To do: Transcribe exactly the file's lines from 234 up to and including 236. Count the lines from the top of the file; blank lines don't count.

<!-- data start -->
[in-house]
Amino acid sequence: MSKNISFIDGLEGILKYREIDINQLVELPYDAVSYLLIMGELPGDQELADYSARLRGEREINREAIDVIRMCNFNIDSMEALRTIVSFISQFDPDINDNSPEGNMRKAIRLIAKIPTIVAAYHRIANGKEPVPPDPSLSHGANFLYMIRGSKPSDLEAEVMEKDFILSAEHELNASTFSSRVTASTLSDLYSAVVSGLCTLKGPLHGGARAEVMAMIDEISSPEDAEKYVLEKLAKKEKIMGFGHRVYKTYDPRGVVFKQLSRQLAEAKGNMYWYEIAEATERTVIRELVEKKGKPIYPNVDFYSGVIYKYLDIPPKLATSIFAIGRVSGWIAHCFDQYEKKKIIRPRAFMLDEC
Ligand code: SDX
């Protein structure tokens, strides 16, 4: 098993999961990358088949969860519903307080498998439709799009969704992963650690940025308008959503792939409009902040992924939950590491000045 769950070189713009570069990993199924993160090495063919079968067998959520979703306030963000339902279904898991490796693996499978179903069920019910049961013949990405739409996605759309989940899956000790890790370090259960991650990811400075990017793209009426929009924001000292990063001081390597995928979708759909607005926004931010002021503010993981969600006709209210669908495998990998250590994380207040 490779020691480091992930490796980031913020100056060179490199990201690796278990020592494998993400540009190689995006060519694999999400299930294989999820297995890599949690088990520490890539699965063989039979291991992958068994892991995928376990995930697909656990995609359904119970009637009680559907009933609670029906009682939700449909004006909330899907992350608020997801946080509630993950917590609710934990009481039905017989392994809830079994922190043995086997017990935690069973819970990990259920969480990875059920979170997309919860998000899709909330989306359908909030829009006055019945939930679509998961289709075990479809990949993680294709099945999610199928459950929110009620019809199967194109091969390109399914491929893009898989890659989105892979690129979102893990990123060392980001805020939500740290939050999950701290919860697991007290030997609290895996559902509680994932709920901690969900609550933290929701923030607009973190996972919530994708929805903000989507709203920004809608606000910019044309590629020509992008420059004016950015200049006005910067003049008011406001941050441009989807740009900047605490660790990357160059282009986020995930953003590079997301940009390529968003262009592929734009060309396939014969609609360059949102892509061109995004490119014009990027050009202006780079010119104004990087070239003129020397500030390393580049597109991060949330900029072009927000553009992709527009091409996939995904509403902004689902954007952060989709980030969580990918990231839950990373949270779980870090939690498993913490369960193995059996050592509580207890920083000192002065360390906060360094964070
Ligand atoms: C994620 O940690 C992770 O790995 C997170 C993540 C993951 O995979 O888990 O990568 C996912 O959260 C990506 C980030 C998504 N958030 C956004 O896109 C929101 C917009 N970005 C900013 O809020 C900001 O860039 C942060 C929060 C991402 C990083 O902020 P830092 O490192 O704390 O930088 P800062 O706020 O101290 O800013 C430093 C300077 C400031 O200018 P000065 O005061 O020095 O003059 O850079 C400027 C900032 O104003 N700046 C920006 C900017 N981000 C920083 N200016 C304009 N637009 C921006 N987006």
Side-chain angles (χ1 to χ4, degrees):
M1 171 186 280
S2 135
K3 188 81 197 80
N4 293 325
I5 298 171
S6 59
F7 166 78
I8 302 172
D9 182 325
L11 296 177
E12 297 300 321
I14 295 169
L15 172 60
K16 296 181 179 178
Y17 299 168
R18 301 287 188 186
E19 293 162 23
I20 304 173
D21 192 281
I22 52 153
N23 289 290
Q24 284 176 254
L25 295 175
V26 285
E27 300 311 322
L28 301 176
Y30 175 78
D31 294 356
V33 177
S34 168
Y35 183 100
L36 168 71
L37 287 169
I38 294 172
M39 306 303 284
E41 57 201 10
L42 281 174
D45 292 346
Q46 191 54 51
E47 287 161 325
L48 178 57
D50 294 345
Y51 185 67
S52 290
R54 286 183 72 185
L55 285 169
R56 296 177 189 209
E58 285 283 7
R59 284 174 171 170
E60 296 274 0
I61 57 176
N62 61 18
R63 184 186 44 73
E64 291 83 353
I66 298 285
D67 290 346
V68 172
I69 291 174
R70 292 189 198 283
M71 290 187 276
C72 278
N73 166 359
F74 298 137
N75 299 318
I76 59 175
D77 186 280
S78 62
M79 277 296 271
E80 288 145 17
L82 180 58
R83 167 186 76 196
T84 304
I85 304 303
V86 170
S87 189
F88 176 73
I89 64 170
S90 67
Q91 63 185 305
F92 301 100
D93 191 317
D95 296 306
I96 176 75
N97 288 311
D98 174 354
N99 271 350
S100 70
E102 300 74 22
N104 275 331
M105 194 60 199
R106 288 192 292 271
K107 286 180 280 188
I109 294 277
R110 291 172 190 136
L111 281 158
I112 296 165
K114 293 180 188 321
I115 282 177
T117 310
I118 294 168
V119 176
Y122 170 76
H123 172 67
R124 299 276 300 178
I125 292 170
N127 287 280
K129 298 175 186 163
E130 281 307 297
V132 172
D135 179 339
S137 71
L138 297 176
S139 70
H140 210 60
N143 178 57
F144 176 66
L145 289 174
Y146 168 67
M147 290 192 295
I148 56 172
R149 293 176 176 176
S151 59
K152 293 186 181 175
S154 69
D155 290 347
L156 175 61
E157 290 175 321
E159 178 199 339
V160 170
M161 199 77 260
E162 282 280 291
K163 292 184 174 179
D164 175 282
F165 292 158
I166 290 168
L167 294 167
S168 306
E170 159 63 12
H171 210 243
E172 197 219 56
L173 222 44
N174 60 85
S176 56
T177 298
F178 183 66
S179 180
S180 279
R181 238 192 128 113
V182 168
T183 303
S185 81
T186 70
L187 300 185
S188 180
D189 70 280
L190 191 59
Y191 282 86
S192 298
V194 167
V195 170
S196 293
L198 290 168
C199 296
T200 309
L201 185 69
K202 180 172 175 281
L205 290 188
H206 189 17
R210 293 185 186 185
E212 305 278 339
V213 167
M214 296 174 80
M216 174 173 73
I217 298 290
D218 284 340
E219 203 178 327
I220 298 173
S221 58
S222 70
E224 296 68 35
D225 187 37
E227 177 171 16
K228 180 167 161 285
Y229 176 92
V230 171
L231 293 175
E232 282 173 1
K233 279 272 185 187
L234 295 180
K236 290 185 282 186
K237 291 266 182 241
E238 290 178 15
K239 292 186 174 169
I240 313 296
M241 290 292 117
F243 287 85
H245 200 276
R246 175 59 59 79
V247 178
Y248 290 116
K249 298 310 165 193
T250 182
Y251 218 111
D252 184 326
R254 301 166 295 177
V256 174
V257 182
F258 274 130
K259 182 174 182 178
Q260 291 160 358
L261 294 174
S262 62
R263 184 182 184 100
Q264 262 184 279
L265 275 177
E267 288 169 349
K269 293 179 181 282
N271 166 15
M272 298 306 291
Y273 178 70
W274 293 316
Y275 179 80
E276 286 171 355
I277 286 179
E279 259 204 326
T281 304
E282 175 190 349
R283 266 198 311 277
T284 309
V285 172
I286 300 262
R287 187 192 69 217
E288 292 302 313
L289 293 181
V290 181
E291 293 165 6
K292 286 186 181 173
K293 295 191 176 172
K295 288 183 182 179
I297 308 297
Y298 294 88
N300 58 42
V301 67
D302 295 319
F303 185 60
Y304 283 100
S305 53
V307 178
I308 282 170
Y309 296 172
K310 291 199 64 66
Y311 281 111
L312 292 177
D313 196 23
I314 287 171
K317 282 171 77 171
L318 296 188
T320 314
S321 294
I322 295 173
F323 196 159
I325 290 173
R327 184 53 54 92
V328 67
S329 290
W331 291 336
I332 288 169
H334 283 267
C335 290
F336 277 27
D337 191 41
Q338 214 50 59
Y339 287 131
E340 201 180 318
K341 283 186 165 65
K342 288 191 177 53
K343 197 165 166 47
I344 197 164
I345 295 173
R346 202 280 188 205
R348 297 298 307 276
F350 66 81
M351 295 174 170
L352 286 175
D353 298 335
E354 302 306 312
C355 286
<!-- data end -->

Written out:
R283 266 198 311 277
T284 309
V285 172